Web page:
I’m attending a project TIER conference at Haverford College, which has the goal of making research transparency becomes standard and ubiquitous in the education of social scientists. Their community has published a bunch of excellent papers on this (e.g. 1, 2). They have a TIER protocol which requires students to submit a complete description of the replication documentation as their assignment. For R-using students, this might mean that they minimally submit a Rmd file, a data file, and the PDF output for an assignment.
This seems well-aligned with rOpenSci’s community values. Some former Project TIER fellows are also active in the rOpenSci community, I see some familiar names, like Amelia McNamara, Mine Çetinkaya-Rundel and Ben Baumer, on their list of people.
They have a collection of syllabi using R and R Markdown. I see we now have rOpenSciEd, and some great blog posts (1, 2, 3), and so I’m curious to know do rOpenSci community members teach in way that are generally consistent with the TIER protocol (i.e. require students to submit reproducible assignments)? Do you have students do assignments that are rep-x (reproductions/replications of published papers) using R and open data, etc. I’ve seen @cboettig’s teaching materials on GitHub that require students to submit reproducible assignments. Rep-x assignments could be a fun topic of future unconf!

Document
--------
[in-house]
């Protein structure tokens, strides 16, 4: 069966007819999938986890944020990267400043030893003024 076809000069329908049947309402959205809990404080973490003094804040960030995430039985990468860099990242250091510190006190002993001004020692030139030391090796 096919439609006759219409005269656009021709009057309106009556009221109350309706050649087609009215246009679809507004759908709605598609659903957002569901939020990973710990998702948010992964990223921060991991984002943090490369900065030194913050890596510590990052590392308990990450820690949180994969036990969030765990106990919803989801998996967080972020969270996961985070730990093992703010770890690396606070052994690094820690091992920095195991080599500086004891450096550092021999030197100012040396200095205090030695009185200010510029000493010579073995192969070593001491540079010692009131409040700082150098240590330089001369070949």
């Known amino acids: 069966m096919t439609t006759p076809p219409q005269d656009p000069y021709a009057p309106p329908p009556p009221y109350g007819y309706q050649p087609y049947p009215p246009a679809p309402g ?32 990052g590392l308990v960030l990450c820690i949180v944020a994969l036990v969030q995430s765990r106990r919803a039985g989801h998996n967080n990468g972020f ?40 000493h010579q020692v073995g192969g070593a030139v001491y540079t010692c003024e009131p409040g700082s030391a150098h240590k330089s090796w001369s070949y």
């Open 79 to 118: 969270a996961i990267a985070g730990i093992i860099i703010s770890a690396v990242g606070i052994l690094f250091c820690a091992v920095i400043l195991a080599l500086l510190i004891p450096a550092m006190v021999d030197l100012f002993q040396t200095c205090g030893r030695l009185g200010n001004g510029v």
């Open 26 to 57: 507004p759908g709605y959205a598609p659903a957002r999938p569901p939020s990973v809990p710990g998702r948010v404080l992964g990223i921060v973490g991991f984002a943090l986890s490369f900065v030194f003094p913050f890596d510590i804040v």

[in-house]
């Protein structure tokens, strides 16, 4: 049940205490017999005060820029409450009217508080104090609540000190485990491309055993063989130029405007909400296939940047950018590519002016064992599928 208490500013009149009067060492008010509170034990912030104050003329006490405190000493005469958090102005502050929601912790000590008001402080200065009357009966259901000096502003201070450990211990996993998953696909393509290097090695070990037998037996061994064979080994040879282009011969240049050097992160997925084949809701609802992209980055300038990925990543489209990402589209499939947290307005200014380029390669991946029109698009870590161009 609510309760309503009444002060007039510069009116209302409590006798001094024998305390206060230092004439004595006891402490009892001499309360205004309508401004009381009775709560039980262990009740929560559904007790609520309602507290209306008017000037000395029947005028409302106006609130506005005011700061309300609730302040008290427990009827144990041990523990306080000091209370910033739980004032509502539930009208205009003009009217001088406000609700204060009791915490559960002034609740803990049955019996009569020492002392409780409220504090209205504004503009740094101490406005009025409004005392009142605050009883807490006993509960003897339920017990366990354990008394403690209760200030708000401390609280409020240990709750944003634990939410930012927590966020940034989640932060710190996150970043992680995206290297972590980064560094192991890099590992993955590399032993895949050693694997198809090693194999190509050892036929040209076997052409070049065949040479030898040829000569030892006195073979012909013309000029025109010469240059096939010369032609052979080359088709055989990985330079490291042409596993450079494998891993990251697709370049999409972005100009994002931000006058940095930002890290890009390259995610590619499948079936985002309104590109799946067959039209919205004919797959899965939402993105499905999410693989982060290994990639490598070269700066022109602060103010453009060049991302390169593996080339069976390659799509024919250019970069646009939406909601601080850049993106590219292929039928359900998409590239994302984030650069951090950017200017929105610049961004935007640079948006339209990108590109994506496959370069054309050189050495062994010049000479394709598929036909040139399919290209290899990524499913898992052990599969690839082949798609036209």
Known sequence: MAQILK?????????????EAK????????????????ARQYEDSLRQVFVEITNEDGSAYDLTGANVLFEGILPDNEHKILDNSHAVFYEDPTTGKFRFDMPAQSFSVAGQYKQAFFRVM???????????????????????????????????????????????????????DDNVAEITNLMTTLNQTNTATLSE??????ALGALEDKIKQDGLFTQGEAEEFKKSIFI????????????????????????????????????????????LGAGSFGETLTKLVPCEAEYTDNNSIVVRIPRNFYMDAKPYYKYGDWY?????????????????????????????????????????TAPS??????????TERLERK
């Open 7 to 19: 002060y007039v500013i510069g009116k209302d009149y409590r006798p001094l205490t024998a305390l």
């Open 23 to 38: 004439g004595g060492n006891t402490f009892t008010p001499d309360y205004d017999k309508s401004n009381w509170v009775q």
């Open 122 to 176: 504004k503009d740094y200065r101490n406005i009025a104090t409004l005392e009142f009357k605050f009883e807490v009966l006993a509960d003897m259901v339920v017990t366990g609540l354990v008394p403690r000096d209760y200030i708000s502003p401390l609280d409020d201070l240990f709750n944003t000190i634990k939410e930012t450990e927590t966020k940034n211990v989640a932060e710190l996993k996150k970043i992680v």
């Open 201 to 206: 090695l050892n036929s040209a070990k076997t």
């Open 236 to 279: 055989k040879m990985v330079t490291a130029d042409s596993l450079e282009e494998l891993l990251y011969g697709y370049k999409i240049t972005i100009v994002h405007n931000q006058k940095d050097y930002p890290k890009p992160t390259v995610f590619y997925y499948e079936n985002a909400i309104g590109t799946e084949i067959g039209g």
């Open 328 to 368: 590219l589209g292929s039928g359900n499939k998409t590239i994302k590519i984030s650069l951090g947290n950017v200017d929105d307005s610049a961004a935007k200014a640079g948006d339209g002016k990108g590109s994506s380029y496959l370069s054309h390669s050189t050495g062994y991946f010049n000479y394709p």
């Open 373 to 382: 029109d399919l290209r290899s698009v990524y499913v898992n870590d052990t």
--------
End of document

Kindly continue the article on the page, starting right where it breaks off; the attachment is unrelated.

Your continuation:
I’d love to know how others are doing this kind of stuff in their teaching in domain-specific subjects (rather than stats and compsci classes)
I wonder if it might be useful to identify the rOpenSciEd materials on GitHub with a tag for
#replication-assignment to make it easy for instructors to find examples of this important type of assignment?